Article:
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Port of LA/Long Beach strike update: Shippers demand executive action

In Los Angeles, operations at 10 of the 14 terminals have stopped. In Long Beach, three of six terminals are closed.
By Patrick Burnson, Executive Editor
November 30, 2012

While negotiating teams representing employers at the ports of Los Angeles and Long Beach meet with the International Longshore and Warehouse Union Local 63 Office Clerical Unit (“OCU”) today, several key terminals at both ocean cargo gateways are shut down.

In Los Angeles, operations at 10 of the 14 terminals have stopped. In Long Beach, three of six terminals are closed.

The strike has already had a severe impact on the flow of cargo and on jobs in the harbor community, with multiple ships sitting idle at berth or at anchor in the harbor and hundreds of workers in the ports out of work, report port authorities.

Industry analysts note that there is a significant amount of freight on the water now, so retailers will have to assess over the next week or so whether to ship to alternative ports for current/future Asia departures and whether the goods that are already on the water will make it in time to market (or if extra needs to be shipped airfreight).

Meanwhile, with cargo destined for retail shelves stranded in the San Pedro harbor, the Retail Industry Leaders Association (RILA) is demanding that the Obama Administration step in:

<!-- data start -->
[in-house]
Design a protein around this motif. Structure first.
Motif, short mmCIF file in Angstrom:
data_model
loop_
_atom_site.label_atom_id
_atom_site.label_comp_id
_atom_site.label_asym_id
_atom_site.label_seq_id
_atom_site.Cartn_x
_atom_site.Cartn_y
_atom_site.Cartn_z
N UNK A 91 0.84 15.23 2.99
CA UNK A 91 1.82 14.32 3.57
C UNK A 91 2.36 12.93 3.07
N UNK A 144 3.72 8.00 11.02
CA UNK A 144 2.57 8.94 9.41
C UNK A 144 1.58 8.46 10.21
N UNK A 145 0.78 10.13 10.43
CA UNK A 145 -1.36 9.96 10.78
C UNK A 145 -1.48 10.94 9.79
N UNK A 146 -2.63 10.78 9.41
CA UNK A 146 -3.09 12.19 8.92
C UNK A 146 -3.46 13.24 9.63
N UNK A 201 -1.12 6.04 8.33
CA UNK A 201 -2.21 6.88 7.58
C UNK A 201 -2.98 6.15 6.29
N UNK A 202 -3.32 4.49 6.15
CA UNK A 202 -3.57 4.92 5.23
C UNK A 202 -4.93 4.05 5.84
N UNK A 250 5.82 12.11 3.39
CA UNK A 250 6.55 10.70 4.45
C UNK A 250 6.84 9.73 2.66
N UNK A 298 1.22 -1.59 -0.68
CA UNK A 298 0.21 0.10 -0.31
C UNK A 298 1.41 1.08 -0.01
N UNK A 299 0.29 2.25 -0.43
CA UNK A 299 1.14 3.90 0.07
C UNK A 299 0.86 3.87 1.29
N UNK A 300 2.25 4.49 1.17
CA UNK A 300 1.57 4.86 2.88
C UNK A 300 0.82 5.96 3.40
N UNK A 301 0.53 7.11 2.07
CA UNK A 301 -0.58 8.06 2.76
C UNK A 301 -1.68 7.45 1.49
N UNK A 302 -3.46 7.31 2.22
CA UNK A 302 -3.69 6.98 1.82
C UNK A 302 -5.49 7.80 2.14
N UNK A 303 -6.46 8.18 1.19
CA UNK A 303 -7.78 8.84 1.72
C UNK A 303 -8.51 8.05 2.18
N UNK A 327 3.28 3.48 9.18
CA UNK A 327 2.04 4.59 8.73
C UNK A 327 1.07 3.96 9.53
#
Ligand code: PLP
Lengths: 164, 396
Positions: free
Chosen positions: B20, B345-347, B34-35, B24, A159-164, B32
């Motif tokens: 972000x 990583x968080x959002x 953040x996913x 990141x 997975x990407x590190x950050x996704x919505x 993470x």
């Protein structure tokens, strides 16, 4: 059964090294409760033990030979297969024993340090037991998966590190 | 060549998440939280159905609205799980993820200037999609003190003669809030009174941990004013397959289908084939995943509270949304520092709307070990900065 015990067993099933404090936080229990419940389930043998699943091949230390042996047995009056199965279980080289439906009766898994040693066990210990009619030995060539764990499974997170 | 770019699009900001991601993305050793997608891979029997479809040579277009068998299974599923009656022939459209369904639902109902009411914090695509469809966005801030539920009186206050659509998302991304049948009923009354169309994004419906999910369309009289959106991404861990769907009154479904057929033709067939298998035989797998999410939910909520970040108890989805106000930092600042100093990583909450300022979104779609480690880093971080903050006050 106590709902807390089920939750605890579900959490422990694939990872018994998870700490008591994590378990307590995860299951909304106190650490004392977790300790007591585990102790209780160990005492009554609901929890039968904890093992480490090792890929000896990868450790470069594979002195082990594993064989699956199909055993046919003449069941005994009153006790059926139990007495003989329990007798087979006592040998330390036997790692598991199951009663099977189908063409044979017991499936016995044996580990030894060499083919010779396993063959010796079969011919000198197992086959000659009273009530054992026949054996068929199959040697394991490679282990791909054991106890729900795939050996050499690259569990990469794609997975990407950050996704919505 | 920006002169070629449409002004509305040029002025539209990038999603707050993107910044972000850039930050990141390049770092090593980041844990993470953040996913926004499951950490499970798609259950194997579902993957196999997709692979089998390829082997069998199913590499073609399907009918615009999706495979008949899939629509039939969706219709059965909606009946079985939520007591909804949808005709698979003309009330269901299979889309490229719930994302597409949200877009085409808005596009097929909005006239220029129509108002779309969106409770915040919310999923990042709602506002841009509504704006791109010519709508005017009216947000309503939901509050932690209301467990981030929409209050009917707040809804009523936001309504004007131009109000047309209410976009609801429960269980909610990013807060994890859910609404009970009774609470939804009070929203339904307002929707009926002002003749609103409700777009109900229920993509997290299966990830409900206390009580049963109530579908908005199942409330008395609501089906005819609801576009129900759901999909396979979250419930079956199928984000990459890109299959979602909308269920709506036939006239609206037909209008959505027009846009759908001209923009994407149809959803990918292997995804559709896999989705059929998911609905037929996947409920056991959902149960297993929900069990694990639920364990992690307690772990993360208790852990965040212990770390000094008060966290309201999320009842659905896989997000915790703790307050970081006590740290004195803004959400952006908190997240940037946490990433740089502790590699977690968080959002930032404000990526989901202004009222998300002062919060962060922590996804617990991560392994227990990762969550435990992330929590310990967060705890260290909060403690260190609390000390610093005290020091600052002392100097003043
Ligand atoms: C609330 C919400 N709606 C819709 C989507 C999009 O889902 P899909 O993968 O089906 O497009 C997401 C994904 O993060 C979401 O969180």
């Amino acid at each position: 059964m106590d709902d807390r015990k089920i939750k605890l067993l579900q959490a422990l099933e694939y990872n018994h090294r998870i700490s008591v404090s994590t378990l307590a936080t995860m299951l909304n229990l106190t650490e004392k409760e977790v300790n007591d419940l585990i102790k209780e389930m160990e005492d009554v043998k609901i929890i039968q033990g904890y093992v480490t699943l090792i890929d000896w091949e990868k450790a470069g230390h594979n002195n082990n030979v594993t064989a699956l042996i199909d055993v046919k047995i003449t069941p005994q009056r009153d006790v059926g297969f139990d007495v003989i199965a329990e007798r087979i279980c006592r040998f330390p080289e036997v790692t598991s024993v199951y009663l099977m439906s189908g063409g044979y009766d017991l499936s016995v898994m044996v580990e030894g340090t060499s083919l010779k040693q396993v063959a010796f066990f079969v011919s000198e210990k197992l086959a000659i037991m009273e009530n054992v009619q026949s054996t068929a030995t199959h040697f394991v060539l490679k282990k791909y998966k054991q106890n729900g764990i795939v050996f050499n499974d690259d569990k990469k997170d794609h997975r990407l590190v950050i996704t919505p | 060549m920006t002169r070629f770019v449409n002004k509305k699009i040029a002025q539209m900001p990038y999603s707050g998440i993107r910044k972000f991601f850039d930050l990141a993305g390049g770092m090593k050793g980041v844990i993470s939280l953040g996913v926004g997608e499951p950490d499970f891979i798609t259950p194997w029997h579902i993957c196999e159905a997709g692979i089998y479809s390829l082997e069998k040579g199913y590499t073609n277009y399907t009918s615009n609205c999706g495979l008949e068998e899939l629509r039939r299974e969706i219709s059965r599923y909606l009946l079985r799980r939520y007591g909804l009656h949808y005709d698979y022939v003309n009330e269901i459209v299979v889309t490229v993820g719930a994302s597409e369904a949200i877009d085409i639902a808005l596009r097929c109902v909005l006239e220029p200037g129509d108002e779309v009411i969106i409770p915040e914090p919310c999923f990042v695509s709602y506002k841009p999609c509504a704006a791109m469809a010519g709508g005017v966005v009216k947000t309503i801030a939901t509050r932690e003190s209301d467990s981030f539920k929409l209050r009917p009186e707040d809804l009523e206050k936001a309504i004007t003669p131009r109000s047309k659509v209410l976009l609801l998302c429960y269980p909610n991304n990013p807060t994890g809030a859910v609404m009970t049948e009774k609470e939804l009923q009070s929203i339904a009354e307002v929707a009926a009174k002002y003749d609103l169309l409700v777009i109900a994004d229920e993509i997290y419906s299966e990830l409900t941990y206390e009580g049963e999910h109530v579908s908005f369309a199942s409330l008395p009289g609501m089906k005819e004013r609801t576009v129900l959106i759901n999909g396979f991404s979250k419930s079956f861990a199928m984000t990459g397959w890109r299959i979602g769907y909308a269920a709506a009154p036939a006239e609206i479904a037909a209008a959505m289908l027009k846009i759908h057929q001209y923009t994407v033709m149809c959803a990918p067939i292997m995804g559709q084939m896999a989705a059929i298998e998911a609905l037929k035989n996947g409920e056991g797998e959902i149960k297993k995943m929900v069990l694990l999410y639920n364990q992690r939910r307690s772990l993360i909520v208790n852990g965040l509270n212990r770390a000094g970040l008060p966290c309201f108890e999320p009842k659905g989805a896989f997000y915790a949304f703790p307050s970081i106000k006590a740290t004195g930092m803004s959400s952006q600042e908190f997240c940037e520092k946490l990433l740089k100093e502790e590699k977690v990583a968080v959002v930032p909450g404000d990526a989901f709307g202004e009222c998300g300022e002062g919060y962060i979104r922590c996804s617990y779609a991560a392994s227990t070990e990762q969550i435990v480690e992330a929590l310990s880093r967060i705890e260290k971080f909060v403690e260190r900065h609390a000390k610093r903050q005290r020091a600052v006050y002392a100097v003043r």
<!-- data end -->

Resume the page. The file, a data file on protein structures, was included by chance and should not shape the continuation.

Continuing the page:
“Given the enormous risk posed by a prolonged shutdown of the nation’s busiest ports, we urge you to consider all options, including invoking the Taft-Hartley Act, in order to restore the critical flow of commerce,” said RILA president, Sandra L. Kennedy

“We respectfully ask that you put the weight of the White House behind resolving this dispute.”

About the Author

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Patrick Burnson
Executive Editor

Patrick Burnson is executive editor for Logistics Management and Supply Chain Management Review magazines and web sites. Patrick is a widely-published writer and editor who has spent most of his career covering international trade, global logistics, and supply chain management. He lives and works in San Francisco, providing readers with a Pacific Rim perspective on industry trends and forecasts. You can reach him directly at .(JavaScript must be enabled to view this email address).


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